Having a baby is expensive, but worth it. Those gummy smiles, the love of a child, and your role in motherhood are all major benefits and can keep you calm despite the costly expenses. If you've already filed your taxes, you've probably noticed a few other benefits to having a baby, like major tax breaks on your dependent and child care. With all of that extra money saved, it's understandable that you want to know what other tax deductions there are from your baby and if you can deduct baby supplies from your taxes. (Because hello, there's the expensive part, right?)

It's a valid question and the good news is you can! Kind of. You can't write off diapers, bottles, wipes, formula, and clothes, but you can claim your breastfeeding supplies.

In 2011, the IRS concluded that breast pumps and other lactation supplies qualified as tax-deductible medical expenses. If you have an FSA or HSA, you can use those pre-tax dollars to cover the costs of your breastfeeding supplies. Without an FSA, you can only claim the supplies if your out-of-pocket medical costs exceed 10 percent of your AGI.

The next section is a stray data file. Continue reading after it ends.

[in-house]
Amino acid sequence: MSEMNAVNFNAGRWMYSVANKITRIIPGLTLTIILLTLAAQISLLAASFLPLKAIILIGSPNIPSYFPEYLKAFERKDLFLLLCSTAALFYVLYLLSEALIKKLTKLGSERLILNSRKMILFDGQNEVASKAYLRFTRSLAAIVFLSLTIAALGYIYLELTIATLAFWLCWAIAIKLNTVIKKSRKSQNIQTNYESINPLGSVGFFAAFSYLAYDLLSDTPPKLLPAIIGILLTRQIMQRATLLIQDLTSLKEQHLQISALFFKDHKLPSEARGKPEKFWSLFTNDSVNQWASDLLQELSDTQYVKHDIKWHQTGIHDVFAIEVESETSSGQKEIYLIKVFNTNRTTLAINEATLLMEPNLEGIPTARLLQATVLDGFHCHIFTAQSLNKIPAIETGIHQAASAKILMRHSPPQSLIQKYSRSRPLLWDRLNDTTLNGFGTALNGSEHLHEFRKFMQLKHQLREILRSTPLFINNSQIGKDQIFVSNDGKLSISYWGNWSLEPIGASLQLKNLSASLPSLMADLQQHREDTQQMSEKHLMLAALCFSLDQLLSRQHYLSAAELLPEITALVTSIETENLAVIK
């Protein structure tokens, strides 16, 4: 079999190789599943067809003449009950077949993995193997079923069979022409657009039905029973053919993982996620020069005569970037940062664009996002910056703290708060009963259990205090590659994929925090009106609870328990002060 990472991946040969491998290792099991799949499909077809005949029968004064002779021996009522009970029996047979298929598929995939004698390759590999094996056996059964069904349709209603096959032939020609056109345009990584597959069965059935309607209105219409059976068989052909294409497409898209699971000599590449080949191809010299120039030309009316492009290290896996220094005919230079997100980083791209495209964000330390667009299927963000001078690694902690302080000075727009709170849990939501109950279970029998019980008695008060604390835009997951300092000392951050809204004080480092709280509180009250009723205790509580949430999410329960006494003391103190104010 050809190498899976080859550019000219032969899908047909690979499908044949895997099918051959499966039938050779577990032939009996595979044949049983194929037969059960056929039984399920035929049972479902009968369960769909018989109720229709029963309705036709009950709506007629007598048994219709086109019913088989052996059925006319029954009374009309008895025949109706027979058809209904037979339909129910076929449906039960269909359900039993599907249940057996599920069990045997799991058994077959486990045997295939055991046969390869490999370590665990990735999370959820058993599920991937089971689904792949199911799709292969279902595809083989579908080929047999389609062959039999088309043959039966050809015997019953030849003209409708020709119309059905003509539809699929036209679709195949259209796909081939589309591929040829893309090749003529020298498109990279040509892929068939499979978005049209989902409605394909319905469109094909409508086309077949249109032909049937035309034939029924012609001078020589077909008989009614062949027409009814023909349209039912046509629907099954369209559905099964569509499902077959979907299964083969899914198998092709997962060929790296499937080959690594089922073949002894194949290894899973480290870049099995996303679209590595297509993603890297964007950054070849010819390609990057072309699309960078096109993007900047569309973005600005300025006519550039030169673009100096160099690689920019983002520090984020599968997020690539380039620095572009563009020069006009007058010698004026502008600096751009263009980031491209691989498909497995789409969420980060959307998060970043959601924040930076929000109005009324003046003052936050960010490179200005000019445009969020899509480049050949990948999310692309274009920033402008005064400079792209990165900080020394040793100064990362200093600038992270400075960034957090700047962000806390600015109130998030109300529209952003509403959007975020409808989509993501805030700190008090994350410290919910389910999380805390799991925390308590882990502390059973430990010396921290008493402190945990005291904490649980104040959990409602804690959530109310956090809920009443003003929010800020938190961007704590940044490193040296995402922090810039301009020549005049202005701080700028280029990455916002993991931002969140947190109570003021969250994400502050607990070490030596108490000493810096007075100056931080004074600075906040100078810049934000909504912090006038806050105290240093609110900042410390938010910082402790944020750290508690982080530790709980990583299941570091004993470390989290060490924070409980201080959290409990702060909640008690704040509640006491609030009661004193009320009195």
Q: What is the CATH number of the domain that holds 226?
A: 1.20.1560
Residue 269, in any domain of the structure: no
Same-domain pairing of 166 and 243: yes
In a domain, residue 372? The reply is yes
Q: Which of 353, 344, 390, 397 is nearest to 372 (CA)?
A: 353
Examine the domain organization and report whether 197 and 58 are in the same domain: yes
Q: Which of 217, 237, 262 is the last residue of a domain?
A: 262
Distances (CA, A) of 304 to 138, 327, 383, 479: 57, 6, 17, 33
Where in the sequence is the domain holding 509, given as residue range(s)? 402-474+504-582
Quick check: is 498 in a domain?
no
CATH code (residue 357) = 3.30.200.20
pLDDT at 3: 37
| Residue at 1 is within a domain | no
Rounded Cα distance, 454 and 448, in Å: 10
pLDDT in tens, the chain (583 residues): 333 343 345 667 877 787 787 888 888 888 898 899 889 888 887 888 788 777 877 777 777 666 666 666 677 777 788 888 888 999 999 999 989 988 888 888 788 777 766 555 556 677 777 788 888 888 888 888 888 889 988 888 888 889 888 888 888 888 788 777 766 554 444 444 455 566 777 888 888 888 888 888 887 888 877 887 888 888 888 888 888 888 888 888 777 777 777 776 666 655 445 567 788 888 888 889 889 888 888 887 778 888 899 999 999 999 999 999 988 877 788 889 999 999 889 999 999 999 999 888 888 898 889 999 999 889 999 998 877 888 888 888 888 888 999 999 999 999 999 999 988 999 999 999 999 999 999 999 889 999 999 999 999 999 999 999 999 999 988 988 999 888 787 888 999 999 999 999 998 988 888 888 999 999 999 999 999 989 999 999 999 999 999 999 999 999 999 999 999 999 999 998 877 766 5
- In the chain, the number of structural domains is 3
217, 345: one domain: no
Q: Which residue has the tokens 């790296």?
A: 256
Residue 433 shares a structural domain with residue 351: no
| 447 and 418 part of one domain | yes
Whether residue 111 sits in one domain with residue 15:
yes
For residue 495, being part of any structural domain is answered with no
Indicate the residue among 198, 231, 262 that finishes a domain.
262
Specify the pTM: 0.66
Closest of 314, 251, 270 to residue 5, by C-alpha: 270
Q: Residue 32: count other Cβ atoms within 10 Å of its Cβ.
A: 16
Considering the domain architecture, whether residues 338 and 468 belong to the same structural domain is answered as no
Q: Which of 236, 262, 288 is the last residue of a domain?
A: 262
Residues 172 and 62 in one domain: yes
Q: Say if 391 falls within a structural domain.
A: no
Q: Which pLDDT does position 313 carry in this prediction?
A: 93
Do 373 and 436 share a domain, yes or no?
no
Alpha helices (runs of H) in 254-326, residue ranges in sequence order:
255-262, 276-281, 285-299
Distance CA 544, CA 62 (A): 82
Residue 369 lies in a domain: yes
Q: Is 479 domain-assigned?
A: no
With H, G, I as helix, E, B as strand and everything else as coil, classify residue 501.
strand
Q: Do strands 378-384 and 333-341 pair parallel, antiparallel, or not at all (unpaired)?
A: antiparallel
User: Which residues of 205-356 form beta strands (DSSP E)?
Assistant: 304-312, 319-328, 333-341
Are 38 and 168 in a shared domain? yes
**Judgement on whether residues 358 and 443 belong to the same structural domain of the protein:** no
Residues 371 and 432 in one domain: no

So what counts as breastfeeding supplies? According to The Huffington Post, the deduction is limited to breast pumps, pump rentals, and pump parts. CPA Lori Moore told The Huffington Post that it looks as though nipple cream may also count, but nursing bras and tanks are most likely out as they can be used beyond breastfeeding.


Too bad you can't use all of those Gymboree and Carter's receipts to cut down on your tax bill, right? But according to Reuters, breast pumps can often cost more than $200 and, with other breastfeeding supplies, give you an expense of $1,000 in the first year of your little one's life.

And you thought breastfeeding was only good for your baby.

Don't forget, you can still receive the child tax credit if you're eligible, as well as a credit for childcare. Make sure to thank your baby.